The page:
Choose Test: Example 5 (SAT, IQ, and grades)

A psychologist investigating the relationship between SAT score and academic success found that students with high SAT score were more likely to experience academic success. You pointed out to her that students who have high IQ’s tend to have high SAT scores and also tend to experience academic success. You explain that the relationship between SAT score and academic success might be due to the fact that both academic success and SAT are related to IQ. If the psychologist has IQ scores for her sample, how could she estimate the relationship between SAT scores and grades for students who are equivalent on IQ?

Correlation

Incorrect.

Correlation is used to assess the relationship between two variables, as the researcher did when she looked at the relationship between academic success and GPA. When we introduce a third variable, simple correlation is no longer adequate.

One-way ANOVA

Incorrect.

One-way ANOVA can be used to test hypotheses regarding the equality of means for three or more groups. In this example, we do not have distinct groups to compare, but rather we are interested in the relationship between two variables while controlling for the effects of a third variable.

ANCOVA

Incorrect.

ANCOVA (Analysis of Covariance) is used to remove/control for the effects of confounding variables (such as IQ in relation to SAT score) when we have a categorical independent variable with three or more levels. All variables in this example are continuous.

Partial Correlation

Correct!

We are interested in the relationship between two variables with the effects of a third variable removed.

We have continuous measures of all three variables. Partial correlation is a statistical technique that is used to control for the effects of one or more confounding variables. For our example, the procedure would statistically equate everyone at the same IQ level and then produce an estimate of the correlation between academic success and SAT score for people who are equivalent on IQ. The effects of IQ are said to be “removed,” leaving an estimate of correlation that is not affected by IQ levels. If the correlation remains high, then we could conclude that academic success is related to SAT scores even for people of equivalent IQ. If the correlation between SAT and success is large but the partial correlation is near zero, we would conclude that the correlation between SAT and success could be largely explained by differences in IQ levels.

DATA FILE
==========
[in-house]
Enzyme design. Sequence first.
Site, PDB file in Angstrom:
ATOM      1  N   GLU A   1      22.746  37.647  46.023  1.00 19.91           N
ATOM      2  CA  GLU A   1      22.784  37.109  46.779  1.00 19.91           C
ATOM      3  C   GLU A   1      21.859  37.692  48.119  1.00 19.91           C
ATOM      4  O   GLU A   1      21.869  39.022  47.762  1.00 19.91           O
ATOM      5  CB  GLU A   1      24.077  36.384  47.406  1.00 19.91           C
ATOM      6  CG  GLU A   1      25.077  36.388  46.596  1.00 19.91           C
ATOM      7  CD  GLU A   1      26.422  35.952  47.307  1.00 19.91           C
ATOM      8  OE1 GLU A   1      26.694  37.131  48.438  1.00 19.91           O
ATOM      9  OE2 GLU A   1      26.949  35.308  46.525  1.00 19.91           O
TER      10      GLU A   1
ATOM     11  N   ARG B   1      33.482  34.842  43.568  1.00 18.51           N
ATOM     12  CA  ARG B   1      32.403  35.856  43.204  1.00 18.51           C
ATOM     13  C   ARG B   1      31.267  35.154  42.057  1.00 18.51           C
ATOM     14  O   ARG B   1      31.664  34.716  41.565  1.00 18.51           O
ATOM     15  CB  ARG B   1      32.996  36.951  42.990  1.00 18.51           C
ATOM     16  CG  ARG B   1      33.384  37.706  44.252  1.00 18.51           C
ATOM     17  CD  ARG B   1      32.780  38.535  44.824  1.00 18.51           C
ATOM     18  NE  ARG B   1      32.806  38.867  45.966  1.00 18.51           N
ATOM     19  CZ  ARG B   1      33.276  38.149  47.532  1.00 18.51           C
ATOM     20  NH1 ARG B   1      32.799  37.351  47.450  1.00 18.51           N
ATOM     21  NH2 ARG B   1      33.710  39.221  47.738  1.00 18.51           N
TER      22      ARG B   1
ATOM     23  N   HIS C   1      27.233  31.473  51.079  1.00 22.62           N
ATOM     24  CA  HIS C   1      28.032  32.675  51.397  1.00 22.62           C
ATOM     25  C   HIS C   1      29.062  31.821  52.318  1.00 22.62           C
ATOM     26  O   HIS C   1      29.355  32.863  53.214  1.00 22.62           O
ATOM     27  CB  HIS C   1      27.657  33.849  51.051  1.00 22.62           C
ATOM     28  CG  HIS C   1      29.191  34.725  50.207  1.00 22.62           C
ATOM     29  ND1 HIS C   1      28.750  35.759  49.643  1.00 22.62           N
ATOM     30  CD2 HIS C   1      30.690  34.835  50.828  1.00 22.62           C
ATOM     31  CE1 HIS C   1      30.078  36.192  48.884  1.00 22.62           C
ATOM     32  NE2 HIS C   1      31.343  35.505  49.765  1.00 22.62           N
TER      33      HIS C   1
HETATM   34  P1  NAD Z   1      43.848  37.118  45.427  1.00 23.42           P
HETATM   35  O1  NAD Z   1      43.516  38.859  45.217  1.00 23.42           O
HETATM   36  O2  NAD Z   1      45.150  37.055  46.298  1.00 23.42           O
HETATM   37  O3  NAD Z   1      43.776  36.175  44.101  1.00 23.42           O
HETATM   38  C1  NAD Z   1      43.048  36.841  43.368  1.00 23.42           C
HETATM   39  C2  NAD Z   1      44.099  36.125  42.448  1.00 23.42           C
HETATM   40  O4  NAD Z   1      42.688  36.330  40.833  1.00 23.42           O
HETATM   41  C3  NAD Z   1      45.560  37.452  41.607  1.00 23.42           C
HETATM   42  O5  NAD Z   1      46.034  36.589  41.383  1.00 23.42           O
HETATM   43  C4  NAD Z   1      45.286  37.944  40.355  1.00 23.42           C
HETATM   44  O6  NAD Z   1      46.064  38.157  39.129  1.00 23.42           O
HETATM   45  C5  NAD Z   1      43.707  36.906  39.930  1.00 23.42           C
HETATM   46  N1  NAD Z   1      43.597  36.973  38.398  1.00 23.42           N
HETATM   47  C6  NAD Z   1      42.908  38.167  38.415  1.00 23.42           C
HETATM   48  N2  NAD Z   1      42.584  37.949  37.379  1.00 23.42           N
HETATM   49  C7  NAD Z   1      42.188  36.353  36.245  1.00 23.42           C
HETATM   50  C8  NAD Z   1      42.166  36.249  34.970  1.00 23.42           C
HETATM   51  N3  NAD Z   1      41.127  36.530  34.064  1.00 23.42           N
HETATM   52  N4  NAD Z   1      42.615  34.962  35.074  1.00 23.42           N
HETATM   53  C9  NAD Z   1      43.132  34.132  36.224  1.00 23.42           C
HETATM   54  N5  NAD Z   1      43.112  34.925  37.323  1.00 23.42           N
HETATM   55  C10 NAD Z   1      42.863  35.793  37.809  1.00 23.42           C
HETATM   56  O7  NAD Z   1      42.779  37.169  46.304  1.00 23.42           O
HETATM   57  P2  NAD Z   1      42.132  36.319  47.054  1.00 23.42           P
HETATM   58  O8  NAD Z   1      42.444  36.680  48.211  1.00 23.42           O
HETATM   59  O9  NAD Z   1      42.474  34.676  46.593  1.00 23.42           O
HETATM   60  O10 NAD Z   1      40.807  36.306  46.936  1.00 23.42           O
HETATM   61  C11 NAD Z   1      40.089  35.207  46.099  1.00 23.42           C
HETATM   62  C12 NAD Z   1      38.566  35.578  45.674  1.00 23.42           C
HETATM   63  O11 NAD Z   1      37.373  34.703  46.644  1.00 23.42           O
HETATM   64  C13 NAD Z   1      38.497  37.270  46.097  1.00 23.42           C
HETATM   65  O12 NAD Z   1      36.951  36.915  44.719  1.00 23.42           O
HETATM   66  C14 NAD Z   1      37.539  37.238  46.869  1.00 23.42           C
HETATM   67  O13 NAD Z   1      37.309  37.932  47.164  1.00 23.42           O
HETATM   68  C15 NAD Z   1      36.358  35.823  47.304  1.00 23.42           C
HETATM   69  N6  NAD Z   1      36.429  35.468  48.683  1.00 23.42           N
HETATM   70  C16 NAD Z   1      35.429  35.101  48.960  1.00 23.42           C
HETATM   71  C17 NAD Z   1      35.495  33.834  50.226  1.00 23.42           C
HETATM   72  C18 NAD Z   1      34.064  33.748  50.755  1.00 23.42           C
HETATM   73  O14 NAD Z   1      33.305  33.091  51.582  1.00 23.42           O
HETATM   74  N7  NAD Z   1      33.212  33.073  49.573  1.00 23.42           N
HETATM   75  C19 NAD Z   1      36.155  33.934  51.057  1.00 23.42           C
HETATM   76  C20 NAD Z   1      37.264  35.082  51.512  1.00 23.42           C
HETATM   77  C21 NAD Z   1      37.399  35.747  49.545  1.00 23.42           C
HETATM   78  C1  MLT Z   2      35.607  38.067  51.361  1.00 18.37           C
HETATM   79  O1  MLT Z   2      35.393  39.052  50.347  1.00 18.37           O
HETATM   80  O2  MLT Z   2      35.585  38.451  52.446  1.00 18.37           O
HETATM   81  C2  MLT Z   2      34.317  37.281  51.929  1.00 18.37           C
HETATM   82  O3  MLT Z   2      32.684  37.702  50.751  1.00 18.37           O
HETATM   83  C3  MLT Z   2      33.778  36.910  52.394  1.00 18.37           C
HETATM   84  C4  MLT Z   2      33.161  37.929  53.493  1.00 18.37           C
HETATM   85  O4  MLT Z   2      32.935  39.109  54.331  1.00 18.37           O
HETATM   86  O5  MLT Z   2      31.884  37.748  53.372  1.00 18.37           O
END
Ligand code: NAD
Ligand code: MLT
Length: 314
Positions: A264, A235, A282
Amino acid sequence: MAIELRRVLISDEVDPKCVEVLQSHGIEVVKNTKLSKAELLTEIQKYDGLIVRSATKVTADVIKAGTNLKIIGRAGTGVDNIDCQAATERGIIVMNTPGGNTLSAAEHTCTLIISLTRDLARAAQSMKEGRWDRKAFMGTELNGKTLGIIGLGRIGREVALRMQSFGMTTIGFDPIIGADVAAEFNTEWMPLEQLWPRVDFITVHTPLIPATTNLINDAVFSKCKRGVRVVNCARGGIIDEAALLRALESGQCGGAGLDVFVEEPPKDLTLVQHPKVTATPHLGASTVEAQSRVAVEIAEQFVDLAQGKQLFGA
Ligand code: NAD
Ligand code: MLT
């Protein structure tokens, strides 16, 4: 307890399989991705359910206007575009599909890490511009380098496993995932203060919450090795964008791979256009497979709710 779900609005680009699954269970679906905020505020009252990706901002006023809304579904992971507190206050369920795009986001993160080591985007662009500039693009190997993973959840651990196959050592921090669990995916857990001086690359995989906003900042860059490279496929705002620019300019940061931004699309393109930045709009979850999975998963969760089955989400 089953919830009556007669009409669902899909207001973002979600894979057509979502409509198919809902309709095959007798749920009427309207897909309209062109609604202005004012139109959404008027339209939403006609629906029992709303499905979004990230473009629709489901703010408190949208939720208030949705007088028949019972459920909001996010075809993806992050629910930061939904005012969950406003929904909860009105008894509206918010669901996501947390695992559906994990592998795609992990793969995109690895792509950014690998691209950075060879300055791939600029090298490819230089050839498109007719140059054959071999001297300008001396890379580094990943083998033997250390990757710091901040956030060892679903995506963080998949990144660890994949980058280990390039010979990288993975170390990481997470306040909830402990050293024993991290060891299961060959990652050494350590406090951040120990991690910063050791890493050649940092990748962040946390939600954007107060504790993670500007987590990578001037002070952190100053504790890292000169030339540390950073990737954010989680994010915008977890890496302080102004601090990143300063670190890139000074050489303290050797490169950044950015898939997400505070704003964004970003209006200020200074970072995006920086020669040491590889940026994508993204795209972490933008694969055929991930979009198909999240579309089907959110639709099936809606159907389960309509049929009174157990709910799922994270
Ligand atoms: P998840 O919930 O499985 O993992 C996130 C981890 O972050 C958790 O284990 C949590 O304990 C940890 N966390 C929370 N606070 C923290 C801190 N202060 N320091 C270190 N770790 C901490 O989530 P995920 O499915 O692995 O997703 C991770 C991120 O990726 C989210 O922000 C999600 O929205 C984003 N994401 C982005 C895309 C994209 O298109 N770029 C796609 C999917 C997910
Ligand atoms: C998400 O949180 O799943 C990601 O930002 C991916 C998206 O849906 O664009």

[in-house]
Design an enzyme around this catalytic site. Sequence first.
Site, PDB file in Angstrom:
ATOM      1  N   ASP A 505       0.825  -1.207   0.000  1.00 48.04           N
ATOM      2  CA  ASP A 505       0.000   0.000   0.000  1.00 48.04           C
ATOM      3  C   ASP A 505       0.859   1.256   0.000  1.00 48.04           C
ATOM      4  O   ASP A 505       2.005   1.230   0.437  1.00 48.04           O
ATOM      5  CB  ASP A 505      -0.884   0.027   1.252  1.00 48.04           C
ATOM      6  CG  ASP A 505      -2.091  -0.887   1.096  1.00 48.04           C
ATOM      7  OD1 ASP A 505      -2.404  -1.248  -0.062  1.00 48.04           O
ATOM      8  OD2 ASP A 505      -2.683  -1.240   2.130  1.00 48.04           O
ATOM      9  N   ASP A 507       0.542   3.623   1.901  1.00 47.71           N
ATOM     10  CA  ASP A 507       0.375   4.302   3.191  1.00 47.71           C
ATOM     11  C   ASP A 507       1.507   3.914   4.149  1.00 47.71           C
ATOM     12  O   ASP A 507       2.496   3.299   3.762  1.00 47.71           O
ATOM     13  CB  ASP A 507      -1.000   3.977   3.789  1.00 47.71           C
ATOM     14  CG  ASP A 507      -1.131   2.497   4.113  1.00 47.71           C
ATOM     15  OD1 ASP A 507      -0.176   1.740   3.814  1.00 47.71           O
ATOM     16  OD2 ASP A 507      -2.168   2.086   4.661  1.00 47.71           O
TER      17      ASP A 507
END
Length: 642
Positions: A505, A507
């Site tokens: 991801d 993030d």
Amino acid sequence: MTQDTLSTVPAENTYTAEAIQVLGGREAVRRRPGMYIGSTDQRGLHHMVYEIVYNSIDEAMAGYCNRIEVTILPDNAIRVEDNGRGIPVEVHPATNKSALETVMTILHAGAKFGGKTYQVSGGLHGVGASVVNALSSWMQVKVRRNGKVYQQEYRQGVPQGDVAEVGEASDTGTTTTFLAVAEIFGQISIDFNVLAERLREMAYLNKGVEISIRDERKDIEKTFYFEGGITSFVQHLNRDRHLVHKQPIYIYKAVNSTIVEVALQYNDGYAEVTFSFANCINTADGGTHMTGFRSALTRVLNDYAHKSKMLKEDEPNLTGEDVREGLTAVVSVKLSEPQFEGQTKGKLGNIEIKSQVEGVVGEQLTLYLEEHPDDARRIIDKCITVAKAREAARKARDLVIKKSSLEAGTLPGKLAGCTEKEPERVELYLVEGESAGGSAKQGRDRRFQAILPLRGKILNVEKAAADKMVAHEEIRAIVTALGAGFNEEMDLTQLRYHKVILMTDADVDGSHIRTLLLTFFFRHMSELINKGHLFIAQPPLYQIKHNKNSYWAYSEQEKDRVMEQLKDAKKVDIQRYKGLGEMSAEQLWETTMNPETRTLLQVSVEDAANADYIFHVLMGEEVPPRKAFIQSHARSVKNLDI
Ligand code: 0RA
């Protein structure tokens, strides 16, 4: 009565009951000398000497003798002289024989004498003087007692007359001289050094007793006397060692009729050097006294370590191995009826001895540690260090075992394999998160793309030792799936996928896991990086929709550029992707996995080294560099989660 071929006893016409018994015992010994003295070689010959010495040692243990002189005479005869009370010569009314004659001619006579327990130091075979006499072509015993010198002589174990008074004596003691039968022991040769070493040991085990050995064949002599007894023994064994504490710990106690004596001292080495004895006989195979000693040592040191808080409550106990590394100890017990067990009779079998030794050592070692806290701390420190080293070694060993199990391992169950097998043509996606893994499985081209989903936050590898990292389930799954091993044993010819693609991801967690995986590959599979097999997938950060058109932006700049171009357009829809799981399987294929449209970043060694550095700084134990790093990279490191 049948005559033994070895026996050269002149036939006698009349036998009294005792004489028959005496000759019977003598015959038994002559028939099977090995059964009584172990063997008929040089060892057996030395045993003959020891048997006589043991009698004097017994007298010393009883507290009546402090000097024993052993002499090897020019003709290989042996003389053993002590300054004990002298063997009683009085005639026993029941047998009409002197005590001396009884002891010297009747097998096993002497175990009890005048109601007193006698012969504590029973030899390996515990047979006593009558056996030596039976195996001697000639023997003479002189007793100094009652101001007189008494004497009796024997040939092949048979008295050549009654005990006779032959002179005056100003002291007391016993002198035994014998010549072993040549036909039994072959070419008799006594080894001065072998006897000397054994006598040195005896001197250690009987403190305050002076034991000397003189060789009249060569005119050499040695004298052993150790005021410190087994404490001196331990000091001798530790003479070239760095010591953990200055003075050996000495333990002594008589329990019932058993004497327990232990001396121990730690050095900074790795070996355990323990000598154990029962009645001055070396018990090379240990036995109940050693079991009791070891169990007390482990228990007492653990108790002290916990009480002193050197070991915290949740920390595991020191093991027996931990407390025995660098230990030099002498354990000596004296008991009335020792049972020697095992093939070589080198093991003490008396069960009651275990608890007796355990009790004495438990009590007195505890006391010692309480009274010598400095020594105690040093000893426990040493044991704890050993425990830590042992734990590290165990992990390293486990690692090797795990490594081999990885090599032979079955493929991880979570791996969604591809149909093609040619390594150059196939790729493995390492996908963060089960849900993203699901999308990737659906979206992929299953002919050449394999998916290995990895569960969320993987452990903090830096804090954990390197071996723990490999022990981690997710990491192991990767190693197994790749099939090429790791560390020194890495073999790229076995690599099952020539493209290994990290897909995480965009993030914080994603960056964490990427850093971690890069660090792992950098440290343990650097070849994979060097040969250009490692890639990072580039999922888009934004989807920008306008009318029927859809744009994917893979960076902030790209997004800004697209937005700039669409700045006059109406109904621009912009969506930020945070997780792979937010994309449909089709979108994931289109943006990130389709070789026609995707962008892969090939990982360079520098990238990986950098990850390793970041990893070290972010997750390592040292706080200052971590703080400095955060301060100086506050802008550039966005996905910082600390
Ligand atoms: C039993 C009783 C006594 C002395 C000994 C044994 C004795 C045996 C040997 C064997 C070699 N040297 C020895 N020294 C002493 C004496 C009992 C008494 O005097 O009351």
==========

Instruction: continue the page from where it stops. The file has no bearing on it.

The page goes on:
Need some help?  Ask the Expert!

The Expert says…

We would like to assess the relationship between two variables with the effects of a confounding variable statistically removed. The general procedure is to ‘co-vary’ out the nuisance variable. If we had an analysis of variance model, we could use analysis of covariance.

When examining the relationship between two continuous variables, we can remove the effects of a third continuous variable with partial correlation.

Multiple regression could also be used, whereby the confounding variable would be entered into the model first. Then contribution of a second predictor variable is an indication of the relationship between this second predictor variable and the dependent Y variable with the effects of the confounding variable removed.

We should examine all of the two-way plots to assess whether the assumptions of correlation have been met. In particular, we should be alert for possible outliers, nonlinear relationships, or for uneven error variances.

Go to Example 6

2,155 total views, 5 views today